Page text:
Beef Ban: Ensure That No Inter-religious Conflict Takes Place in State, Court Tells Executive

Tasavur Mushtaq

SRINAGAR

The three judge bench comprising Justices Muzaffar Hussain Attar, Ali Muhammad Magrey and Tashi Rabstan Friday disposed off two diametrically opposite petitions, one seeking implementation of the provisions of Section 298-A, 298-B, and 298-C of Ranbir Penal Code, Svt 1989 (1932) and other seeking scrapping of these provisions and declare them illegal and unconstitutional.

The court also vacated orders passed from time to time in these petitions, including Jammu court order dated September 8, 2015 seeking implementation of the provisions of the RPC against the bovine slaughter.

The corum constituted on the Supreme Court orders to decide on two separate directions by two benches of the J&K High Court while restoring the status quo ante passed direction to the state government to take appropriate action while stating “The state of Jammu and Kashmir through Chief Secretary to consider the issues raised in these petitions in the light of observations made in this order and take appropriate steps in accordance with law.”

The court in its order has mentioned that the petitioner after filing of report by divisional commissioner Jammu dated February 13, 2015 that few cases were registered for illegal transportation of bovine animals, few hard core offenders are facing trail and few cases, after investigation have been closed as “not admitted”, the petitioner seeking implementation of ban was given time to file his response. “Despite many opportunities, he did not file any response, which means that he has nothing further to plead, and is satisfied with the functioning of state authorities.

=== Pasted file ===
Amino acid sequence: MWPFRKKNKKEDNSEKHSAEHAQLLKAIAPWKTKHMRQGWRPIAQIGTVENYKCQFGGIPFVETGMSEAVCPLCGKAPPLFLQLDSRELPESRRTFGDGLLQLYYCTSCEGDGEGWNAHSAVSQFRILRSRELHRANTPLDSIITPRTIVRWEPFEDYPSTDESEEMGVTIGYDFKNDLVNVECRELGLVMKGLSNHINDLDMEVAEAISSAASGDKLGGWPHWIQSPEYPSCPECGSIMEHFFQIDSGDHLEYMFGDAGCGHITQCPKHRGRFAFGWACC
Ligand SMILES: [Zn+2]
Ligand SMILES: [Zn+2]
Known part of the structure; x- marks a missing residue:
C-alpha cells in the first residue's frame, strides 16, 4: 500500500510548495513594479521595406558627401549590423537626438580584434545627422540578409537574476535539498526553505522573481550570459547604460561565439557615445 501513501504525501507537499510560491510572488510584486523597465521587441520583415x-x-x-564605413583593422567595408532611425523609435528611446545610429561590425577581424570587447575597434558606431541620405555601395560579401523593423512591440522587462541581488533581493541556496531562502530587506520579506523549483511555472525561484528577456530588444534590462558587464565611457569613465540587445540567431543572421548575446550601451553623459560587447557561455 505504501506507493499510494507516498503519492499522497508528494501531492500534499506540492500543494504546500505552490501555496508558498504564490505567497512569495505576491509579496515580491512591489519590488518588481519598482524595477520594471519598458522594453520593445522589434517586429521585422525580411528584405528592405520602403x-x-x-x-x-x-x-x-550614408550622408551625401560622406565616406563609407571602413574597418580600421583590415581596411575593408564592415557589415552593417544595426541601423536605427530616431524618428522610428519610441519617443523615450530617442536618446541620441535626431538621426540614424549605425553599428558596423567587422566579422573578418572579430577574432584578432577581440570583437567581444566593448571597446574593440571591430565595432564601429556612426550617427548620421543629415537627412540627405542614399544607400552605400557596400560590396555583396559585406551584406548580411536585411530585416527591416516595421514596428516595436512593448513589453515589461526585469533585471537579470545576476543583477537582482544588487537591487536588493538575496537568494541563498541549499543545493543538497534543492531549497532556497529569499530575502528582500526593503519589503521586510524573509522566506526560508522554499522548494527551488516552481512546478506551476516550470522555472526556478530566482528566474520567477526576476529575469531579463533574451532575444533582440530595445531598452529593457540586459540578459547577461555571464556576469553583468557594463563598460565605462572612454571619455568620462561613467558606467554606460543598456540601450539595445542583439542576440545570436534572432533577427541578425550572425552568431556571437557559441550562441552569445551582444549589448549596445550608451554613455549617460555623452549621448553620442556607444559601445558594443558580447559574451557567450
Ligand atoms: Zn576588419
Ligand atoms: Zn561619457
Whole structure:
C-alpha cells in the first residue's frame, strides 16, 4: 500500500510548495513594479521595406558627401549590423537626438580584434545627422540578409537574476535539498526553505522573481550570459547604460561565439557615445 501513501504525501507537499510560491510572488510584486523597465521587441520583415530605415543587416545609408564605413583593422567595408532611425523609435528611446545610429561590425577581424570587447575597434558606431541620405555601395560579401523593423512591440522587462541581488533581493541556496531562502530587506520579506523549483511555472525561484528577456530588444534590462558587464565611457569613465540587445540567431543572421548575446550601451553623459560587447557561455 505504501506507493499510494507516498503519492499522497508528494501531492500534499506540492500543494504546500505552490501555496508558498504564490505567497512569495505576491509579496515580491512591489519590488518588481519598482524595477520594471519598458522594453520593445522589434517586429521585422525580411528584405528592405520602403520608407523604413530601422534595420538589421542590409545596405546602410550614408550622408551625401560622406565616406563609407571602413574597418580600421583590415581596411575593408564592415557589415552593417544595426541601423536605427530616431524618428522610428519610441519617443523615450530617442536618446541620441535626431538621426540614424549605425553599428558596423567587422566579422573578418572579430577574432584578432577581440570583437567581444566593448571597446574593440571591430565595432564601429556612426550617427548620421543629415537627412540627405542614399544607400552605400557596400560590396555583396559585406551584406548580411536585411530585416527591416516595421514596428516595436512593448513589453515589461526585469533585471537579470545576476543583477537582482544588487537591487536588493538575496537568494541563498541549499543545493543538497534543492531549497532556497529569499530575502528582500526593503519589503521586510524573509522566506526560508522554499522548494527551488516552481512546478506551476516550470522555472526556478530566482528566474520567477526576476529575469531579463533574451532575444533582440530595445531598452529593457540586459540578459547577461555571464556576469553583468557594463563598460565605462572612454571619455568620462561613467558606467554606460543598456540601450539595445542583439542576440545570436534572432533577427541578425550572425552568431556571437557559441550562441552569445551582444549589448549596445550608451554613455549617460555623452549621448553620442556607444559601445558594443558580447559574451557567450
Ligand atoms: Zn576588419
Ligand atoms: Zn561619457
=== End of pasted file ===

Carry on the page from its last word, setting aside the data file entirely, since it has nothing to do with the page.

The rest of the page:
The bench while talking about the sensitivities of the matter has said, “a religion is a prescription which guarantees peace and order in the society. Religion delineates path of peace, truth, piousness and righteousness.” It further says that “respect shown to the religious sentiments of each other in a pluralistic society like ours is hallmark of our ancient history.”

The court passed direction that “the executive wing of state has to apply its mind, frame a policy and cull out a solution which satisfies the soul of constitution.”

The order further says that, “the decision should be taken within the framework of Constitution, and ensure that no inter-religious conflict takes place amongst the people of the state.”

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